South African ecologist Professor Steven L Chown wants to see New Zealand seek special marine protection status for the whole of the Ross Sea.
NZ research voyages in 2001, 2004 and 2008 gathered data for a scientific case for special United Nations protection for the marine ‘oasis’ around the Balleny Islands, a biodiversity hotspot seen as critical to the healthy functioning of the larger Ross Sea ecosystem — but Prof Chown sees potential for protecting the whole Ross Sea.
Though the Ross Sea makes up just 2 percent of the Southern Ocean, some scientists regard it as the last intact marine ecosystem left on Earth.
In 2006, New Zealand proposed a strategy for future management of marine living resources and biodiversity of the Ross Sea which allowed for ‘well managed sustainable harvesting’ but Prof Chown told the Science Media Centre in Wellington that the fishing should stop.
The director of the DST-NRF Centre of Excellence for Invasion Biology at South Africa’s Stellenbosch University, Prof Chown has worked in the Antarctic region for more than 25 years,
Here is an excerpt of an interview he gave after presenting a lecture, Lion Griefs in the Shade, Global Change Biology in the Antarctic, at Victoria University on September 8, focused on environmental change and its consequences in the Antarctic, as part of the annual S T Lee Lecture Series in Antarctic Studies.
As a key gateway to the Antarctic, should New Zealand be doing more to protect the continent’s biosecurity?
“In terms of biosecurity, New Zealand is actually at the top of the game among Antarctic Treaty nations — they have led the way in showing the rest of the world how to deal with biosecurity matters. There have been workshops in Christchurch involving Antarctica NZ and Gateway Antarctica. There are always concerns, but NZ is one of the nations that is dealing with them very effectively”.
Is there any scope for NZ’s approach to biosecurity to be used as a model?
“Absolutely – you’re so good at it. As an island state, you understand about biosecurity”.
In Antarctic tourism, is a licencing scheme sufficient to ensure that tourism operators keep to protocols designed to protect Antarctic ecosystems from invasive organisms?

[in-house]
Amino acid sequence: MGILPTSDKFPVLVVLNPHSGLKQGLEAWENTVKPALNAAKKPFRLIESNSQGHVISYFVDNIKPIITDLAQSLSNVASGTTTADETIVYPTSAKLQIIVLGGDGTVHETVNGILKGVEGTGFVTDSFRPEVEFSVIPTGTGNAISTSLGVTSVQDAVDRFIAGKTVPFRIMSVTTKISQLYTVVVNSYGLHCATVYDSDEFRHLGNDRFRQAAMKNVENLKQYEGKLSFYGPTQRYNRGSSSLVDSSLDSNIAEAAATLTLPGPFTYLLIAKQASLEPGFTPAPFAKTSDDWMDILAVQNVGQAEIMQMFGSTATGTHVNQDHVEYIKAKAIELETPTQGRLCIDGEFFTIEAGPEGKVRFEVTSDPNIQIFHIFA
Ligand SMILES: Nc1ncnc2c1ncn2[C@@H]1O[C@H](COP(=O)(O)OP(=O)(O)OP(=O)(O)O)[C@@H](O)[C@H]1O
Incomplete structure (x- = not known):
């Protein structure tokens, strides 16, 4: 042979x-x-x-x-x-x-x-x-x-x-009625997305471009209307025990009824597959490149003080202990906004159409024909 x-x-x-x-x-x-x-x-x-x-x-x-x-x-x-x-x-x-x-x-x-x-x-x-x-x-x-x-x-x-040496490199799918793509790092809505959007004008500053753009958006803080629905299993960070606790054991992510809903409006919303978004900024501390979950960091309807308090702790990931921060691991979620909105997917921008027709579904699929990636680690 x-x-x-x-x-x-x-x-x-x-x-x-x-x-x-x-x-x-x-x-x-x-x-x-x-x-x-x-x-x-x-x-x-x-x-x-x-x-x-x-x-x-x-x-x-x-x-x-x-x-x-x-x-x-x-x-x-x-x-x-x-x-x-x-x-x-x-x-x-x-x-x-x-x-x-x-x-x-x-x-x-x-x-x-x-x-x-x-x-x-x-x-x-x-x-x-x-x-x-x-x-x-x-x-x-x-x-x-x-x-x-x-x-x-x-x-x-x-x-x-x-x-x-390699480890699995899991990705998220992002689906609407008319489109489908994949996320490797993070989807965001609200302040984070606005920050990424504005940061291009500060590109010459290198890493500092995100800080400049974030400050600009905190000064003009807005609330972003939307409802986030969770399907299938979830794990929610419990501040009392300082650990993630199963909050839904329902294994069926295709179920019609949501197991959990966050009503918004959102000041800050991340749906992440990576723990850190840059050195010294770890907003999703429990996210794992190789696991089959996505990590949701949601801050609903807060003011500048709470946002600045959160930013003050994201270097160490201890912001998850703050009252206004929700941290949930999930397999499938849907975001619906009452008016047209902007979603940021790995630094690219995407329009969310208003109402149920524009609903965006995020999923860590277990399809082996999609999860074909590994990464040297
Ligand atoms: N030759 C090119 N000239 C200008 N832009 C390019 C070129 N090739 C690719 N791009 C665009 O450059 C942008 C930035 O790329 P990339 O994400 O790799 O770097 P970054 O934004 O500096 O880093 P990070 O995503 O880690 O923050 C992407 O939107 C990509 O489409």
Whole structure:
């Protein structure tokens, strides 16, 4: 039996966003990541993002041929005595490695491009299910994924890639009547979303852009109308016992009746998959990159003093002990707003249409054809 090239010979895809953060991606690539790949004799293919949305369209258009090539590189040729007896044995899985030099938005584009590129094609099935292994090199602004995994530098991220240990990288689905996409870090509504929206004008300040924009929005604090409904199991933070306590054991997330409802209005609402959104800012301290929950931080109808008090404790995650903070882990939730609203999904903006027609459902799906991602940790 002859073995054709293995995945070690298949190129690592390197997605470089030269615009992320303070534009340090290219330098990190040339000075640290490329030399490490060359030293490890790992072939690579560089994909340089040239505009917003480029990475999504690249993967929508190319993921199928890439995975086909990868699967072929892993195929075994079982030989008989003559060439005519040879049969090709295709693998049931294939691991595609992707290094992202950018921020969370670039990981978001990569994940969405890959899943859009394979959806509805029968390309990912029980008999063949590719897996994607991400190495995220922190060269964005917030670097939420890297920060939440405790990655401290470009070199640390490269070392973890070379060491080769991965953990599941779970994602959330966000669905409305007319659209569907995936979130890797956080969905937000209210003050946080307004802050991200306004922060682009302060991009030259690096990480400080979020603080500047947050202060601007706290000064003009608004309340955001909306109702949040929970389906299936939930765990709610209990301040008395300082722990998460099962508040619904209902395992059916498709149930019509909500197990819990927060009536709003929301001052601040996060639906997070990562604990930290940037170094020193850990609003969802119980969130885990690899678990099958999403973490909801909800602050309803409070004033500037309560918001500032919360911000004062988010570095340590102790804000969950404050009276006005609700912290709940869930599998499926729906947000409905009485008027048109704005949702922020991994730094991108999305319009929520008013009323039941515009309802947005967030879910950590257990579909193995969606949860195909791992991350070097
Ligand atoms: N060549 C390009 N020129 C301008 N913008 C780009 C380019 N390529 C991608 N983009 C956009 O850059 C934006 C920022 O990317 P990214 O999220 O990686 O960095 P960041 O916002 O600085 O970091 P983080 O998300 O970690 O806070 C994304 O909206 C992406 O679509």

“The International Association of Antarctica Tour Operators (IAATO) is very careful. With increasing numbers of ships and tourists, there is a rising level of risk, but the tourists seem to have — in some data that we haven’t published yet — a lower number of plant seeds on them than scientific personnel (outside of research stations). Of course, there are few scientific personnel, so you have to multiply the seed ‘burden’ by the number of people involved.
“The main problems lie with tourism operators outside IAATO, who don’t subscribe to Antarctic biosecurity protocols. But the problems don’t only lie with tourists. Research bases bring a lot of infrastructure with them, and someone has to think carefully about about both sets of activities.
“To a large extent, the (Treaty secretariat’s) Committee for Environmental Protection (CEP) is thinking this way, but the Treaty is not mandatory. You encourage everyone to do things, and I think that we need more encouragement”.
The layman’s perception of the Antarctic environment is one of snow and ice – how complex are the ecosystems potentially at risk from invasive species?
“It’s remarkably complicated everywhere. Though most of the continent still has temperatures that are too low to be affected by visible organisms, the impact of mico-organisms from temperate areas is much more difficult to understand. On the (warmer) Antarctic Peninsula, and on sub-Antarctic islands there are concerns. Though these environments are dynamic — there is natural change — one major challenge is how we attribute the observed changes to natural causes or introduced species as climates change, and warm up and make things more environmentally-conducive to species from elsewhere. That’s going to be particularly problematic”.
What scope is there for the Southern Ocean around Antarctica to be given greater protection from human actions such as fishing?
“The whole Southern Ocean is already being exploited — there is exploitation of toothfish. But (New Zealand’s) Ross Sea area really could serve as an example. It hasn’t been heavily fished yet and its fish stocks are in good order.
“I think that is an area that could really be set aside as an ecosystem that is free of direct human intervention as is possible, given our global changes to the environment. I really think that would be a good thing to aim for. Of course, there is a fishery industry there, and by all accounts it’s worth about $US50 million or so — that’s really not a large amount of money.
“Wouldn’t it be good, if maybe NZ said: `We have to do this’ and again led the way? You have a long record of leading the way on issues such as human rights, so why not lead the way here?”
There are biodiversity ‘hotspots’ such as the Balleny Islands that could be protected?
“There’s all sorts of stuff coming out of the Circum-Antarctic Census of Marine Life – for some benthic organisms the Antarctic is incredibly rich. In some parts of the world we’ve fished everything virtually to a standstill: we’ve trawled the bottom of the ocean until it looks like destroyed rainforest. Elsewhere we also need conservation of ecosystems, but wouldn’t it be great if we said: ‘We’re going to set aside this whole system’?”